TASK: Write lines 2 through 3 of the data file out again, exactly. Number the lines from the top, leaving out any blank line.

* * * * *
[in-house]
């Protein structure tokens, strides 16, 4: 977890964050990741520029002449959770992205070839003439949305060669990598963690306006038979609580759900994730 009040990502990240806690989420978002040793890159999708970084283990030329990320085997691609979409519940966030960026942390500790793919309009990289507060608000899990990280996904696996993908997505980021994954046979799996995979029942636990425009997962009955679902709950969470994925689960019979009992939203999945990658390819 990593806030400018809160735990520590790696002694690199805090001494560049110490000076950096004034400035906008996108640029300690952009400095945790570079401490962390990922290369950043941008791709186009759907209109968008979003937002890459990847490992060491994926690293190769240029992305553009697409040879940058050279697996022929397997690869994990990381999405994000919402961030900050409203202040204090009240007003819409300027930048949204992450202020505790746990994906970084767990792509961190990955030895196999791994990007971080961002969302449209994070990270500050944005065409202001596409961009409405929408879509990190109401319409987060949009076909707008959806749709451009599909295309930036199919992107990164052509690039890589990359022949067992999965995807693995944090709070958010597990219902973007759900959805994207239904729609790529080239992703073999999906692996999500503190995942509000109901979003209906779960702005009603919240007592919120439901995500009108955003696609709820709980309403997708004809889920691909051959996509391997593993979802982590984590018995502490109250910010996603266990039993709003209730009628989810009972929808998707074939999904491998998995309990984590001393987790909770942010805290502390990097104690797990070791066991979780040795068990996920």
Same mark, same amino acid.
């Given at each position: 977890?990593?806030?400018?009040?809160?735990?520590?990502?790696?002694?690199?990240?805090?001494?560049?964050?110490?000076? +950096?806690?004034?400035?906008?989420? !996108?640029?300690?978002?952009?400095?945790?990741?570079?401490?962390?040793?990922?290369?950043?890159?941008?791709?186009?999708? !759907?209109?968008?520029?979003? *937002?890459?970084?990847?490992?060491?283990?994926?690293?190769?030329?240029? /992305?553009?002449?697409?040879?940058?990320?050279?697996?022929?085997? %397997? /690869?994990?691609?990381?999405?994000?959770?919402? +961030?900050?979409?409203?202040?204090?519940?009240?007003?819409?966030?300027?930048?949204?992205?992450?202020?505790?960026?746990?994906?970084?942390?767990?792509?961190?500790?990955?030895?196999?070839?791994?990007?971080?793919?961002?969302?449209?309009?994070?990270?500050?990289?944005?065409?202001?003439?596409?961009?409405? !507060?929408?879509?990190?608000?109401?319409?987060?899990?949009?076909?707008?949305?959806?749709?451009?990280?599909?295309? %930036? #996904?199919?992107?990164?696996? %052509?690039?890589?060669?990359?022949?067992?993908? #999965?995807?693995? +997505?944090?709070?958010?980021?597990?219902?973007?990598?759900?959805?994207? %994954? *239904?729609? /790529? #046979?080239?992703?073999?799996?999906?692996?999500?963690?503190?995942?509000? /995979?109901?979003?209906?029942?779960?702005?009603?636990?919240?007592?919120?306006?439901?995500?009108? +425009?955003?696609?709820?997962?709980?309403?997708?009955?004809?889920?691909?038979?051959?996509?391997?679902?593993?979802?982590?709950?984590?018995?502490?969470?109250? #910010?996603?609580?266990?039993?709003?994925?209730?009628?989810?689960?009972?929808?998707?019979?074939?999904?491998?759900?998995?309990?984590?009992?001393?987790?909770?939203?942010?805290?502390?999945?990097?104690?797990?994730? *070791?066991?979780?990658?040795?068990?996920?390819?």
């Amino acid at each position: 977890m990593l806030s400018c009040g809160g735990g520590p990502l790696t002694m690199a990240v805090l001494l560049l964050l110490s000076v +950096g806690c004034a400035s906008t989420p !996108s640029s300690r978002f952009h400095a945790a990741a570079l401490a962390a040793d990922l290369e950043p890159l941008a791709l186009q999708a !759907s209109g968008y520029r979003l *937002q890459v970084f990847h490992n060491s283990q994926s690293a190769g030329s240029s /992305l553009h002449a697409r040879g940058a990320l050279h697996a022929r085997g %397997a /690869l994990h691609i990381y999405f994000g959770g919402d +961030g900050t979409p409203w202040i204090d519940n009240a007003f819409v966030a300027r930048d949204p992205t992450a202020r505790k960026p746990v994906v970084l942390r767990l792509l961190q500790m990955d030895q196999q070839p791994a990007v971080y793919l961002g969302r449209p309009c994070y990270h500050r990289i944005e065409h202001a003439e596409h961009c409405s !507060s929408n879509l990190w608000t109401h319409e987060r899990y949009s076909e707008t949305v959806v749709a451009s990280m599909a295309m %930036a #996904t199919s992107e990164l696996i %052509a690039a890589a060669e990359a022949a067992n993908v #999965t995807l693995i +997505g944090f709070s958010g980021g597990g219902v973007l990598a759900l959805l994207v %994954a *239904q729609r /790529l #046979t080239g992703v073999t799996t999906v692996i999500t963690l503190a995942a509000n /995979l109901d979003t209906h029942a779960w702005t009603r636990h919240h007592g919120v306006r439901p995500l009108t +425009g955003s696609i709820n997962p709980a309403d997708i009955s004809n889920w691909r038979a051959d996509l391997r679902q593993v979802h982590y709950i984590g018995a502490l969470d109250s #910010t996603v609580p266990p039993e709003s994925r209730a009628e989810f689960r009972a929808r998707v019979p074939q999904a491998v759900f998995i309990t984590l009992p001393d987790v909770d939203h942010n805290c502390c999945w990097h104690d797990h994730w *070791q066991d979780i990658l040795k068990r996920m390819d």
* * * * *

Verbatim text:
């Protein structure tokens, strides 16, 4: 977890964050990741520029002449959770992205070839003439949305060669990598963690306006038979609580759900994730 009040990502990240806690989420978002040793890159999708970084283990030329990320085997691609979409519940966030960026942390500790793919309009990289507060608000899990990280996904696996993908997505980021994954046979799996995979029942636990425009997962009955679902709950969470994925689960019979009992939203999945990658390819 990593806030400018809160735990520590790696002694690199805090001494560049110490000076950096004034400035906008996108640029300690952009400095945790570079401490962390990922290369950043941008791709186009759907209109968008979003937002890459990847490992060491994926690293190769240029992305553009697409040879940058050279697996022929397997690869994990990381999405994000919402961030900050409203202040204090009240007003819409300027930048949204992450202020505790746990994906970084767990792509961190990955030895196999791994990007971080961002969302449209994070990270500050944005065409202001596409961009409405929408879509990190109401319409987060949009076909707008959806749709451009599909295309930036199919992107990164052509690039890589990359022949067992999965995807693995944090709070958010597990219902973007759900959805994207239904729609790529080239992703073999999906692996999500503190995942509000109901979003209906779960702005009603919240007592919120439901995500009108955003696609709820709980309403997708004809889920691909051959996509391997593993979802982590984590018995502490109250910010996603266990039993709003209730009628989810009972929808998707074939999904491998998995309990984590001393987790909770942010805290502390990097104690797990070791066991979780040795068990996920």
Same mark, same amino acid.